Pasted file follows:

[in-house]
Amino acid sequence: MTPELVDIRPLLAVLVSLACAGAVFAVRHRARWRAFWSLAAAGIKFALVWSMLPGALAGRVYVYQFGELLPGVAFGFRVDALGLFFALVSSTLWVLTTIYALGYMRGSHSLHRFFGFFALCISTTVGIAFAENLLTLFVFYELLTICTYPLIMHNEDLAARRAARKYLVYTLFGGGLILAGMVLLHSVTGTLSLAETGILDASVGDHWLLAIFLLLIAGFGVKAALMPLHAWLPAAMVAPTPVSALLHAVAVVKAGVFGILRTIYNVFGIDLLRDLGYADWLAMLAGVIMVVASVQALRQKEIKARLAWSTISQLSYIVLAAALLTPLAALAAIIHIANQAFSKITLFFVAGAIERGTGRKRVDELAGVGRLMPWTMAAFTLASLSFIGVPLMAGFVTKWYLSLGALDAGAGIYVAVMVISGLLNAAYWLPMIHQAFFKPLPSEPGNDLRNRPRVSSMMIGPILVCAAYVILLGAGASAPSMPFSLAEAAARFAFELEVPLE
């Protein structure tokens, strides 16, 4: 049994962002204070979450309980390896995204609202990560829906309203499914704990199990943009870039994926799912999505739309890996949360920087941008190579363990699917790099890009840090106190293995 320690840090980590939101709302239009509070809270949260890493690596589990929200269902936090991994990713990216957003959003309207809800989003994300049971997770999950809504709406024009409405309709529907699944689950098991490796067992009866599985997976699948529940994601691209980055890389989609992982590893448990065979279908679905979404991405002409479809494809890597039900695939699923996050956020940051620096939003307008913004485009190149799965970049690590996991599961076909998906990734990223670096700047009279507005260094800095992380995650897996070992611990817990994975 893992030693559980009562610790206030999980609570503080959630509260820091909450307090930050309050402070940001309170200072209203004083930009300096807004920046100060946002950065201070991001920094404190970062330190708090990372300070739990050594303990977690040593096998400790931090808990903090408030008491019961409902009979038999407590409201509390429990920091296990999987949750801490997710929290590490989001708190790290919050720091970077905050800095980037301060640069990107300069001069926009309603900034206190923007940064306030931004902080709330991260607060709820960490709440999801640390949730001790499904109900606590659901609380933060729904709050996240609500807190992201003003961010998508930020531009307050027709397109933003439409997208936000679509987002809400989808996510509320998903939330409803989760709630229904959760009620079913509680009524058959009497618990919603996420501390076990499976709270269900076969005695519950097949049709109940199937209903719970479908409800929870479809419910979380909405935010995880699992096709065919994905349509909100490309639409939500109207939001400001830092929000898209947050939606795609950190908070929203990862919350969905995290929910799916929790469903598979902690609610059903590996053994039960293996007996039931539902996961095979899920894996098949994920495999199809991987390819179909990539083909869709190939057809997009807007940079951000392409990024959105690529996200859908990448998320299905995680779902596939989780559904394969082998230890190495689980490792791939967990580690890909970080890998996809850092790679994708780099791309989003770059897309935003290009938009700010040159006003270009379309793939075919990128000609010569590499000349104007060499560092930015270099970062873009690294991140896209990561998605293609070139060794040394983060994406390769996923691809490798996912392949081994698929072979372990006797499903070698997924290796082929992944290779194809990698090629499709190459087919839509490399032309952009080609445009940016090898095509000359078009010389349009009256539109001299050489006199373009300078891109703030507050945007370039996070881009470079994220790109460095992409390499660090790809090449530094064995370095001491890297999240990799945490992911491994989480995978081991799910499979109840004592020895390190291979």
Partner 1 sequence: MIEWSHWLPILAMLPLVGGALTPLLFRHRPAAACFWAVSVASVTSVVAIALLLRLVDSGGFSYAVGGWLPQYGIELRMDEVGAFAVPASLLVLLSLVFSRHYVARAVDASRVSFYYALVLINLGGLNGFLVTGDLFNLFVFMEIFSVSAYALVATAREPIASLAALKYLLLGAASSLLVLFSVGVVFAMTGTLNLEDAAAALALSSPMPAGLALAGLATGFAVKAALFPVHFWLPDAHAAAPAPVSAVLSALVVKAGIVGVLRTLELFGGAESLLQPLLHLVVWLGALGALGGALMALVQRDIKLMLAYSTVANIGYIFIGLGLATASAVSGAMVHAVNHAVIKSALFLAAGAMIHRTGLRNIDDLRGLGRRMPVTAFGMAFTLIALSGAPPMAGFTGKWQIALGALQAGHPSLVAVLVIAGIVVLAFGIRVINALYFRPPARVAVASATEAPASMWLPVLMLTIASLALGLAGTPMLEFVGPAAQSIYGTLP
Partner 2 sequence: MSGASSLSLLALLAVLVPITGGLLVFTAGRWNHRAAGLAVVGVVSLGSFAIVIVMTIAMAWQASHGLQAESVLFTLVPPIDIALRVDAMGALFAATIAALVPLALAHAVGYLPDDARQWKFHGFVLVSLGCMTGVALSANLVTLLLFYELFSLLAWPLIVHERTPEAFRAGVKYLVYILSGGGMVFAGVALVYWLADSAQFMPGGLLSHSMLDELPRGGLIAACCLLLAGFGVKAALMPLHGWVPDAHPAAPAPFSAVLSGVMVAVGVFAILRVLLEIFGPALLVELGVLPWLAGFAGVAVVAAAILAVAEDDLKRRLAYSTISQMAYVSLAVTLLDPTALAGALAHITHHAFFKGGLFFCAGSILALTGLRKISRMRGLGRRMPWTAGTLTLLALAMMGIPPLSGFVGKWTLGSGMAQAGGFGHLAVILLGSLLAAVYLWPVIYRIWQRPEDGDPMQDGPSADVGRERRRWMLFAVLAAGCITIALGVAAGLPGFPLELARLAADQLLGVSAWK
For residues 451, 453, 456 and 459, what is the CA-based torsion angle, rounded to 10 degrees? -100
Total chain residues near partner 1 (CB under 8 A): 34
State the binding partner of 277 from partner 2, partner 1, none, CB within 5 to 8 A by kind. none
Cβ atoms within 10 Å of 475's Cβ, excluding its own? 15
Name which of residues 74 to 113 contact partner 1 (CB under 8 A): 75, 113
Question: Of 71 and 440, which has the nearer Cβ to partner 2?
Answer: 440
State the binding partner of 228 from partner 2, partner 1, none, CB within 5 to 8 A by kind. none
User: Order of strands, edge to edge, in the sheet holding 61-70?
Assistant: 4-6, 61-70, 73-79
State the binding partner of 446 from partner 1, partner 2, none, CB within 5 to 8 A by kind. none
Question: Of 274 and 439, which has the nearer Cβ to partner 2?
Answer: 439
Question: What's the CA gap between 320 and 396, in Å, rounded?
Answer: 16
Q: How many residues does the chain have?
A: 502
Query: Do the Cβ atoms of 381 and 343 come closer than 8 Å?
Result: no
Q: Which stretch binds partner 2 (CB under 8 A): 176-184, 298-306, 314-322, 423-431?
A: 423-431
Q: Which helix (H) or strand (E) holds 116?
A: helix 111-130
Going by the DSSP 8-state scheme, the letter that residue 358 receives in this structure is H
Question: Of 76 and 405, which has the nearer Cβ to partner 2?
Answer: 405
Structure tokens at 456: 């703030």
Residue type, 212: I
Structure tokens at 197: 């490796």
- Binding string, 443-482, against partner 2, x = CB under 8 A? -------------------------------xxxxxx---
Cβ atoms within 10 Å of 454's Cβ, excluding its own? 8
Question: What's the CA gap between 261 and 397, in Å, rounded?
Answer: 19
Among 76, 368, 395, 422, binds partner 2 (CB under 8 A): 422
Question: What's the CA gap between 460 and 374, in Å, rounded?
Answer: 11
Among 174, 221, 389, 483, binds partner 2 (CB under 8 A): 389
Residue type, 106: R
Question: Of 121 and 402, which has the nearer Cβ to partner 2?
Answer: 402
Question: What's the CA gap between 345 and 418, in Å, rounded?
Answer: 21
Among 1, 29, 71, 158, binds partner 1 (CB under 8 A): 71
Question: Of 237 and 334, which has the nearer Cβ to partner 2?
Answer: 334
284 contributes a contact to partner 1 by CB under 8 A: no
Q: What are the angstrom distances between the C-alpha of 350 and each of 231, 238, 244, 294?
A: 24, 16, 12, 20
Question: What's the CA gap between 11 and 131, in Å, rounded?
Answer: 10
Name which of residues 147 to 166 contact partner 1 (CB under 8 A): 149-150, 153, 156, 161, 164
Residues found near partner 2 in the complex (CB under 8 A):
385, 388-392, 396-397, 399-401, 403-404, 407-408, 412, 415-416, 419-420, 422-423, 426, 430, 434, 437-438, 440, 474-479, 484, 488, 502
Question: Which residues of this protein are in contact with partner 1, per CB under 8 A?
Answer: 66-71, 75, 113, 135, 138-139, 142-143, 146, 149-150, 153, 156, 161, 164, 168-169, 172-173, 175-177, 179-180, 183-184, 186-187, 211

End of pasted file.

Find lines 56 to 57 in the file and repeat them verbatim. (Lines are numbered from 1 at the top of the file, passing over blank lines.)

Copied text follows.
Name which of residues 147 to 166 contact partner 1 (CB under 8 A): 149-150, 153, 156, 161, 164
Residues found near partner 2 in the complex (CB under 8 A):